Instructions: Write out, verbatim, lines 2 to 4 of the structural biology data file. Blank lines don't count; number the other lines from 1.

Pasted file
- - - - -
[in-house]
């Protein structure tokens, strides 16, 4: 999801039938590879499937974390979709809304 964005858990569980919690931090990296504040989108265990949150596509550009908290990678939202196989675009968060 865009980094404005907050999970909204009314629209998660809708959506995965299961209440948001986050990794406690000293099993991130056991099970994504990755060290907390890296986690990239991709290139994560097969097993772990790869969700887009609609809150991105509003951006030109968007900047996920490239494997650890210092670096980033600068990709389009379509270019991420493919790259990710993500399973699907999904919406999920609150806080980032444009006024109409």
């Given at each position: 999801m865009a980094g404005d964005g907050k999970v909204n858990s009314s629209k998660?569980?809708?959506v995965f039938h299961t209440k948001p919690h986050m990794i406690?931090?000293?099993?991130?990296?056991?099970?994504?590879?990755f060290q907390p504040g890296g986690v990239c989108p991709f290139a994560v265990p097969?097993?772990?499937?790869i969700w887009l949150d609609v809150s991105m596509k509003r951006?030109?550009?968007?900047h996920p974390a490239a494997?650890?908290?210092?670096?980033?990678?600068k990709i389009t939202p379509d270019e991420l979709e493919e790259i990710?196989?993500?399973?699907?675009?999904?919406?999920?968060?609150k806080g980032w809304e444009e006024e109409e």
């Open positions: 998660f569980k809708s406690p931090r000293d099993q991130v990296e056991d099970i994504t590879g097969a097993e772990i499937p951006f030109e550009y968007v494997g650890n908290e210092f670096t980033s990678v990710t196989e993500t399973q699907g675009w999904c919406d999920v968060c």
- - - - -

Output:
């Protein structure tokens, strides 16, 4: 999801039938590879499937974390979709809304 964005858990569980919690931090990296504040989108265990949150596509550009908290990678939202196989675009968060 865009980094404005907050999970909204009314629209998660809708959506995965299961209440948001986050990794406690000293099993991130056991099970994504990755060290907390890296986690990239991709290139994560097969097993772990790869969700887009609609809150991105509003951006030109968007900047996920490239494997650890210092670096980033600068990709389009379509270019991420493919790259990710993500399973699907999904919406999920609150806080980032444009006024109409």
């Given at each position: 999801m865009a980094g404005d964005g907050k999970v909204n858990s009314s629209k998660?569980?809708?959506v995965f039938h299961t209440k948001p919690h986050m990794i406690?931090?000293?099993?991130?990296?056991?099970?994504?590879?990755f060290q907390p504040g890296g986690v990239c989108p991709f290139a994560v265990p097969?097993?772990?499937?790869i969700w887009l949150d609609v809150s991105m596509k509003r951006?030109?550009?968007?900047h996920p974390a490239a494997?650890?908290?210092?670096?980033?990678?600068k990709i389009t939202p379509d270019e991420l979709e493919e790259i990710?196989?993500?399973?699907?675009?999904?919406?999920?968060?609150k806080g980032w809304e444009e006024e109409e």
């Open positions: 998660f569980k809708s406690p931090r000293d099993q991130v990296e056991d099970i994504t590879g097969a097993e772990i499937p951006f030109e550009y968007v494997g650890n908290e210092f670096t980033s990678v990710t196989e993500t399973q699907g675009w999904c919406d999920v968060c």